Photo Information

Food service specialists with 10th Marine Regiment, 2nd Marine Division, serve a warm meal to Marines during Exercise Rolling Thunder on Fort Bragg, N.C., Oct. 21, 2014. “It’s nice to eat something warm that you don’t have to open out of a package while you’re in the field. Marines definitely appreciate the chance to talk about their day over a hot meal,” said Gunnery Sgt. Stanley Clink, a watch chief for Headquarters Battery, 10th Marines, and a Sweetwater, Tenn., native. Rolling Thunder tested the Marines’ ability to work together as a Marine Air-Ground Task Force. The food service specialists did their part by boosting morale by with hot meals in a deployed environment. (U.S. Marine Corps photo by Lance Cpl. Kirstin Merrimarahajara/Released)

Photo by Lance Cpl. Kirstin Merrimarahajara

Breaking Bread: Hot Chow Boosts Morale

29 Oct 2014 |

Chatter filled the air as Marines of all ranks and jobs took a small pause from their work and the sun cast its last warm, golden rays over Fort Bragg, North Carolina. “Rolling Thunder” was quiet for the group Marines and sailors gathered around warm trays of chicken potpie, mashed potatoes and gravy, green beans, and the crowd favorite, red velvet cake.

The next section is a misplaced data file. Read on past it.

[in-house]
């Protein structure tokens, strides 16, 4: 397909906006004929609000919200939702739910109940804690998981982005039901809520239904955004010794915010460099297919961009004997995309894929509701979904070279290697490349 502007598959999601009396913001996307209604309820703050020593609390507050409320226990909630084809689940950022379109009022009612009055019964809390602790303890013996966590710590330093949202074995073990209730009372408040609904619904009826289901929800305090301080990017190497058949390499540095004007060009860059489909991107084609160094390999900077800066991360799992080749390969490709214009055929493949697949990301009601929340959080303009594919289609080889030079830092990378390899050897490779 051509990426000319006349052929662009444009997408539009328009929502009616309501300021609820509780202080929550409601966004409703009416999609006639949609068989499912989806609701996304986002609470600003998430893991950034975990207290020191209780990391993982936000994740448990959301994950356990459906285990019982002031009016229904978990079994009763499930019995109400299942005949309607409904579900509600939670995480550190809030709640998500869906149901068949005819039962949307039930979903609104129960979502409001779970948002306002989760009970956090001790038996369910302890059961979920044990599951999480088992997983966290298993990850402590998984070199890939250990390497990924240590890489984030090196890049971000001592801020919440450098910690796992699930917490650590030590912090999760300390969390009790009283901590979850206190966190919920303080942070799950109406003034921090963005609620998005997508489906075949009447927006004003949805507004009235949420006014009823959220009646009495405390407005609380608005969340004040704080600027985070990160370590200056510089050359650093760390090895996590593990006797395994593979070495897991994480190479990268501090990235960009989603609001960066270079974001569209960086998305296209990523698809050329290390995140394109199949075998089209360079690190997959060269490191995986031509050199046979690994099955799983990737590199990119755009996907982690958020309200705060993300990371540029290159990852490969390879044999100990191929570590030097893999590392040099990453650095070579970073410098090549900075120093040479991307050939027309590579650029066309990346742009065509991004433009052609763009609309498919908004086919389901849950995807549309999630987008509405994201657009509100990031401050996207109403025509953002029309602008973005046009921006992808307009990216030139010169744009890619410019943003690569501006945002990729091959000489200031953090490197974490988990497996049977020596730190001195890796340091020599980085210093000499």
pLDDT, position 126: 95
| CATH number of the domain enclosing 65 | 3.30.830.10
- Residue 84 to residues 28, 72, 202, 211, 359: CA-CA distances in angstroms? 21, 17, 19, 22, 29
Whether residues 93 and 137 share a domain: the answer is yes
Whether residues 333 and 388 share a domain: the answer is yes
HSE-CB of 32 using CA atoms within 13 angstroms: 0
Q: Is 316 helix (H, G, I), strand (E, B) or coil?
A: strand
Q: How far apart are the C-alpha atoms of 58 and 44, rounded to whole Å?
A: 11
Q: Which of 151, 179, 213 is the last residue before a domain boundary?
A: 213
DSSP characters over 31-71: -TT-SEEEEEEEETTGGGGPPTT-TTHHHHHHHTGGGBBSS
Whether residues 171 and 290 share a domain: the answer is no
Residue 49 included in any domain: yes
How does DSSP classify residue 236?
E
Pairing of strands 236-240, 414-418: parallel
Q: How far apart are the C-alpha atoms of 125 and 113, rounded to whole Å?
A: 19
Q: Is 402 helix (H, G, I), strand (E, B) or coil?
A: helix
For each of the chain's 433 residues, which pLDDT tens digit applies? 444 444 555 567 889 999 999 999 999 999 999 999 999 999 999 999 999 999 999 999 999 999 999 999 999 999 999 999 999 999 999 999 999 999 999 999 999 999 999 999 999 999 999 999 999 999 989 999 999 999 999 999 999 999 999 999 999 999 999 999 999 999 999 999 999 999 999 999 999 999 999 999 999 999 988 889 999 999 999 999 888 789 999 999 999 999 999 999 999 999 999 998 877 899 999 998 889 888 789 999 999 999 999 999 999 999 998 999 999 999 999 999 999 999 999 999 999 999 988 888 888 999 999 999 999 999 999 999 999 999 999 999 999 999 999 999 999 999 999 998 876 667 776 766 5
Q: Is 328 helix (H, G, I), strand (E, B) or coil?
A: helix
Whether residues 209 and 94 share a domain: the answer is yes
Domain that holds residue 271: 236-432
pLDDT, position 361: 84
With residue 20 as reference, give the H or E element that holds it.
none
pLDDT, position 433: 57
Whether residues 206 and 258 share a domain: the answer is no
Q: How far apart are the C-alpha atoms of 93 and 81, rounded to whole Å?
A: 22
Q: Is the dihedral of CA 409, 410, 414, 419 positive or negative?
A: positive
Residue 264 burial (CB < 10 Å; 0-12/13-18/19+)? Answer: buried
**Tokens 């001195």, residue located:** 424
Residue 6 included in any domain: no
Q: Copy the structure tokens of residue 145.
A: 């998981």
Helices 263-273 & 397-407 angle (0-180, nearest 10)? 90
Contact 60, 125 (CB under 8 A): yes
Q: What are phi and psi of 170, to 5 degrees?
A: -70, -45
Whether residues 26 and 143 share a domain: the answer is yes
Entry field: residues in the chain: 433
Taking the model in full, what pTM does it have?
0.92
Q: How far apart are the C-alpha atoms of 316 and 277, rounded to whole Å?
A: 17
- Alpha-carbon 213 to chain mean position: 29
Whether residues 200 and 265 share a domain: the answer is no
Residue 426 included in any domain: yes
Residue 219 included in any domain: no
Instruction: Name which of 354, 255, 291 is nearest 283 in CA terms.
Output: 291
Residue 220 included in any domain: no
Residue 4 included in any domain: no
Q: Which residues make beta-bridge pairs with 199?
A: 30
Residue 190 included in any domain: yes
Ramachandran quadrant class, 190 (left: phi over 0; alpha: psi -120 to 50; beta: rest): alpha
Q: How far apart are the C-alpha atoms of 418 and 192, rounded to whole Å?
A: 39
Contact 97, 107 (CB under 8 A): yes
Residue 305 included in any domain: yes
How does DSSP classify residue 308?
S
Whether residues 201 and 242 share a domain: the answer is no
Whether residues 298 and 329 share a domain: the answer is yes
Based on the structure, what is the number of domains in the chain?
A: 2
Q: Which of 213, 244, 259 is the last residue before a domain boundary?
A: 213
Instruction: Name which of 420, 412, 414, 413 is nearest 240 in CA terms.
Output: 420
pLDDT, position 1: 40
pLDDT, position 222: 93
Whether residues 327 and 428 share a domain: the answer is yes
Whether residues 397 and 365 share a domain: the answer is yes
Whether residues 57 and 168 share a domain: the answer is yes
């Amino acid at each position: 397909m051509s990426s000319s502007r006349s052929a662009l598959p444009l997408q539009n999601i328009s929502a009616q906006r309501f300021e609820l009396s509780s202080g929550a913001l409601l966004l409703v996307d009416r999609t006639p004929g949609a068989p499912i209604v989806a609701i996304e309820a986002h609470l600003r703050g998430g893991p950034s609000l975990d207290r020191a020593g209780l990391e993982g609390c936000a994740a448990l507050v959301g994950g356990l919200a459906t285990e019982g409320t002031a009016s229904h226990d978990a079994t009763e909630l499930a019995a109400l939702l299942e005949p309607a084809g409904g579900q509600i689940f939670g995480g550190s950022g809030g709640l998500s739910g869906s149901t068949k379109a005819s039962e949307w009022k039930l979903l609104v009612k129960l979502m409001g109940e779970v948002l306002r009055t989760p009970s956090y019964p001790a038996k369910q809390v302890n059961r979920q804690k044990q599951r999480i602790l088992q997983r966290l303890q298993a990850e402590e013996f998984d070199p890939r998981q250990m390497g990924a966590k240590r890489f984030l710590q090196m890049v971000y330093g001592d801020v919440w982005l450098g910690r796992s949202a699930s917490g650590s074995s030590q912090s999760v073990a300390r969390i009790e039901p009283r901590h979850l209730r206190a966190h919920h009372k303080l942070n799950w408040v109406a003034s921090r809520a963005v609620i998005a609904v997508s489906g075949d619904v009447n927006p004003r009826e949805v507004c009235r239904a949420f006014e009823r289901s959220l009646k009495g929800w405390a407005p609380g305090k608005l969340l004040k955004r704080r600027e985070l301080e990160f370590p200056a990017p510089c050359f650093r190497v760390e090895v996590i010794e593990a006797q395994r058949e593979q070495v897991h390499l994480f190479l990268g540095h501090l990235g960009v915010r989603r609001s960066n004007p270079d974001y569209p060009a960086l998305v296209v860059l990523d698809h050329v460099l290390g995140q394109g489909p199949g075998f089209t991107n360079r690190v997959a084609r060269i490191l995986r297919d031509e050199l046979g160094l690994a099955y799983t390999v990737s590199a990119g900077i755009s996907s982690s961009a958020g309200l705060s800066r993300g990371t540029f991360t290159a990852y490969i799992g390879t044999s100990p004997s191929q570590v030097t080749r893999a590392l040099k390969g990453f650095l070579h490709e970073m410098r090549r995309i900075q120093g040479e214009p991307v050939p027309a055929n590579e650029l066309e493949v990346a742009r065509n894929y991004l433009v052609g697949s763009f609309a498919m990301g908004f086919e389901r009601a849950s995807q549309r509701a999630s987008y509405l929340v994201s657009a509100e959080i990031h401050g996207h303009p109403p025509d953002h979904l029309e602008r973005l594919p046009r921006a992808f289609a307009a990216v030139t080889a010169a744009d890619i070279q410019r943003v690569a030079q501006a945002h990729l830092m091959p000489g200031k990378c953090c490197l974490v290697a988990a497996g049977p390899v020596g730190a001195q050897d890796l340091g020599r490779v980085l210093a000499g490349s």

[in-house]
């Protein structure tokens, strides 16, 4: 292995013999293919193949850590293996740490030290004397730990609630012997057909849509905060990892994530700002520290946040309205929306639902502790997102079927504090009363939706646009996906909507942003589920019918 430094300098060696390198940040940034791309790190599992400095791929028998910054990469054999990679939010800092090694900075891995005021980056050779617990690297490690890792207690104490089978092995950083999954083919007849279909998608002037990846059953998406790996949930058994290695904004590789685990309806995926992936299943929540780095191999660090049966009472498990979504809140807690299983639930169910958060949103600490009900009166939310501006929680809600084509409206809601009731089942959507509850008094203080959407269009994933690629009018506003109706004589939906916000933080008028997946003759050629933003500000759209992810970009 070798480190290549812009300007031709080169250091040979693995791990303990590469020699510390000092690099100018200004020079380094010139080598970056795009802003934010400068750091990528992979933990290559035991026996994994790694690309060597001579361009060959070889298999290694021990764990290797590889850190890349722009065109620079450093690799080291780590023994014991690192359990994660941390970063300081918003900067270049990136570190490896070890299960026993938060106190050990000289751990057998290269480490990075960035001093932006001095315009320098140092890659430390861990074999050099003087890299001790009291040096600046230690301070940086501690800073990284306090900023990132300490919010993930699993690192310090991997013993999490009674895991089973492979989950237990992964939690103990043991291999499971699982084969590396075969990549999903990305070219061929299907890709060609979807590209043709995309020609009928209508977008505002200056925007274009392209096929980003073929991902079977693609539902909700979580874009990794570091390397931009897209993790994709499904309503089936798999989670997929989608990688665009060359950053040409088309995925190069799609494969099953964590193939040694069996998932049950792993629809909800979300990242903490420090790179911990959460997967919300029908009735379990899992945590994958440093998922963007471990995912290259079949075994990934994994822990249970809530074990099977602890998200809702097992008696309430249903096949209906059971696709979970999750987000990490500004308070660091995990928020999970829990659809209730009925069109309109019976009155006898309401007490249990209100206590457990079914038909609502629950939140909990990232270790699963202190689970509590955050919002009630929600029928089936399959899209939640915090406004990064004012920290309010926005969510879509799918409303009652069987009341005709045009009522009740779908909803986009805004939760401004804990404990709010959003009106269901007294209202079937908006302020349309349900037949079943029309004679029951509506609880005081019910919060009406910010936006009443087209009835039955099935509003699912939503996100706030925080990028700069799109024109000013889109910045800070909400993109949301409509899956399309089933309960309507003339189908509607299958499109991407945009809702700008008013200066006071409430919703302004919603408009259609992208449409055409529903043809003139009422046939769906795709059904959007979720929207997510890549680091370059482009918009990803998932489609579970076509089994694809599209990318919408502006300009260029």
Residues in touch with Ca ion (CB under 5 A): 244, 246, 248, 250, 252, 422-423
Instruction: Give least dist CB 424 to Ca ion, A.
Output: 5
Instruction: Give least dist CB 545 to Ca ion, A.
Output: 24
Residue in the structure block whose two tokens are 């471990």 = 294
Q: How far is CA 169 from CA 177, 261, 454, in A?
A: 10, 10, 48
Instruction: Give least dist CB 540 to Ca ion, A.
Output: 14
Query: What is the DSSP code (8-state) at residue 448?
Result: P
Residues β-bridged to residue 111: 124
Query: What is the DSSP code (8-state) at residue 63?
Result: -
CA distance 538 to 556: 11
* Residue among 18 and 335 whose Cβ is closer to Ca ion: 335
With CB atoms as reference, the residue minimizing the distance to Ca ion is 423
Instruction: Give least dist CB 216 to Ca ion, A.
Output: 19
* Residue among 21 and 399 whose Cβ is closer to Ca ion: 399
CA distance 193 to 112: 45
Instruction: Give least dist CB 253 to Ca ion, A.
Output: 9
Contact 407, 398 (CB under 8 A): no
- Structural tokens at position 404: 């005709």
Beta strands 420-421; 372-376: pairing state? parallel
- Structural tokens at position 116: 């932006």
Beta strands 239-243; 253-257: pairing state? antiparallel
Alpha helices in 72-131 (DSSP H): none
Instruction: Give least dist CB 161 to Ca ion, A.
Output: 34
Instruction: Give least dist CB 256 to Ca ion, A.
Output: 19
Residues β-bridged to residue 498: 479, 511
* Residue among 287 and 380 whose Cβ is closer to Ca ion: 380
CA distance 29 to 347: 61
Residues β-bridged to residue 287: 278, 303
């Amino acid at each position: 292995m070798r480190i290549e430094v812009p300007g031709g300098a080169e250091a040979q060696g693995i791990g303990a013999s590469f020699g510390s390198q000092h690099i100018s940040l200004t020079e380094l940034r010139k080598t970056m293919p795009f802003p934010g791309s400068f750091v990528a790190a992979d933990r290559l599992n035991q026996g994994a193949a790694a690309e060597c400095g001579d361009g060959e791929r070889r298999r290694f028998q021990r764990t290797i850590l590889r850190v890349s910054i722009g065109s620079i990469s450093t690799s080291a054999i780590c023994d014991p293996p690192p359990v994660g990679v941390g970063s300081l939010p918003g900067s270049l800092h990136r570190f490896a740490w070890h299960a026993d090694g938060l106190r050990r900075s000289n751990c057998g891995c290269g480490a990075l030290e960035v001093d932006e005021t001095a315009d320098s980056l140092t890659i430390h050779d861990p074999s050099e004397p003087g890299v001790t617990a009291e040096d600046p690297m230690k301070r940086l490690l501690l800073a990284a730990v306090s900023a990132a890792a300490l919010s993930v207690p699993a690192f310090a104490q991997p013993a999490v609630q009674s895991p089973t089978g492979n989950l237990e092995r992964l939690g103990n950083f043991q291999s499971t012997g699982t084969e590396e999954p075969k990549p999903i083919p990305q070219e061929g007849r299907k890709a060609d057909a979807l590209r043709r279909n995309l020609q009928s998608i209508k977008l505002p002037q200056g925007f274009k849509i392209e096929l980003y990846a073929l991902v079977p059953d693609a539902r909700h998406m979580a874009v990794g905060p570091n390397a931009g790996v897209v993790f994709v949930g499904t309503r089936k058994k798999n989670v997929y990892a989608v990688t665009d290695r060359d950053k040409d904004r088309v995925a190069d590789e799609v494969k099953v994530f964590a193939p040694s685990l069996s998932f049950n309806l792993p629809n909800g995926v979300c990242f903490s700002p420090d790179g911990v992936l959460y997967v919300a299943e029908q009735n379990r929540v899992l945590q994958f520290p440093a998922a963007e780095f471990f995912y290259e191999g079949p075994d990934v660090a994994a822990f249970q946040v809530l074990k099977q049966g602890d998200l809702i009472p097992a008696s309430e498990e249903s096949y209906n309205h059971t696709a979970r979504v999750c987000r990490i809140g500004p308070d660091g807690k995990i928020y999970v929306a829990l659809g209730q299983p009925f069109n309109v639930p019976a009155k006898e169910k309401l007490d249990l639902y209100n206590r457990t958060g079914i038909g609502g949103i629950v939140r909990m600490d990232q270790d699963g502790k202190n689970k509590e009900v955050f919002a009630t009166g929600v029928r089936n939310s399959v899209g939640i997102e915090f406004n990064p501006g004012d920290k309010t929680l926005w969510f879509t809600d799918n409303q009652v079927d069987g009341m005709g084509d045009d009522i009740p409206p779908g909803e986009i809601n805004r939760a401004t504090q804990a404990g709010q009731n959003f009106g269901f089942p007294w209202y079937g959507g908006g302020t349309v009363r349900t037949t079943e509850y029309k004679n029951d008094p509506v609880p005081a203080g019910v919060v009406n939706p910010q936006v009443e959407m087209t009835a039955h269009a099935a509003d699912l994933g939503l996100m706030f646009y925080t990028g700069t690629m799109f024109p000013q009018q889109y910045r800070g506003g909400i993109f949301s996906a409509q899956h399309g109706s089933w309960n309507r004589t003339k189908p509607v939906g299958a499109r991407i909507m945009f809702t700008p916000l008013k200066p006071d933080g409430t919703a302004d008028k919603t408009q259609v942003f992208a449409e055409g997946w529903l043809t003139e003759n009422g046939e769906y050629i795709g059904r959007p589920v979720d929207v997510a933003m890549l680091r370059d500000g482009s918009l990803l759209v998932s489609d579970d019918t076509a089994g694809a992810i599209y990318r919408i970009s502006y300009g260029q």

The two-week training exercise Rolling Thunder tested the Marines’ and sailors’ abilities to work as a Marine Air-Ground Task Force, and the food service specialists of the logistics combat element played their part by boosting the morale for the duration, Oct. 15-29, 2014.
Food service specialists prepared hot meals twice a day, once in the morning and again in the evening. A typical breakfast consisted of eggs, sausages and fruits. Meats, starches like potatoes or rice, and vegetables made up the dinner meals. Marines also enjoyed coffee, juices, and cakes with their meals.
“It’s nice to eat something warm that you don’t have to open out of a package while you’re in the field,” said Gunnery Sgt. Stanley Clink, a watch chief for Headquarters Battery, 10th Marine Regiment, 2nd Marine Division, and a Sweetwater, Tenn., native. “Marines definitely appreciate the chance to talk about their day over a hot meal.”
Marines bonded over the array of warm dishes served by the food service specialists, while also getting an opportunity to acquaint themselves with the Marines who prepared the food.
“It’s nice being able to actually meet everyone face-to-face. In garrison, no one really knows who is behind all the meals,” said Sgt. Laron Murray, a food service specialist with 10th Marines, and Houston, native.
Hard work, constant movement, and limited sleep can cause stress and sour a Marine’s demeanor, but Pfc. Donte Wright, a food service specialist with the unit, from Edenton, North Carolina, noticed the happiness the meals he prepared brought to the Marines who ate them.
“Being able to get hot food brings joy to people’s days,” said Wright. “It’s a great feeling knowing I can bring a smile to someone’s face by filling their stomach.”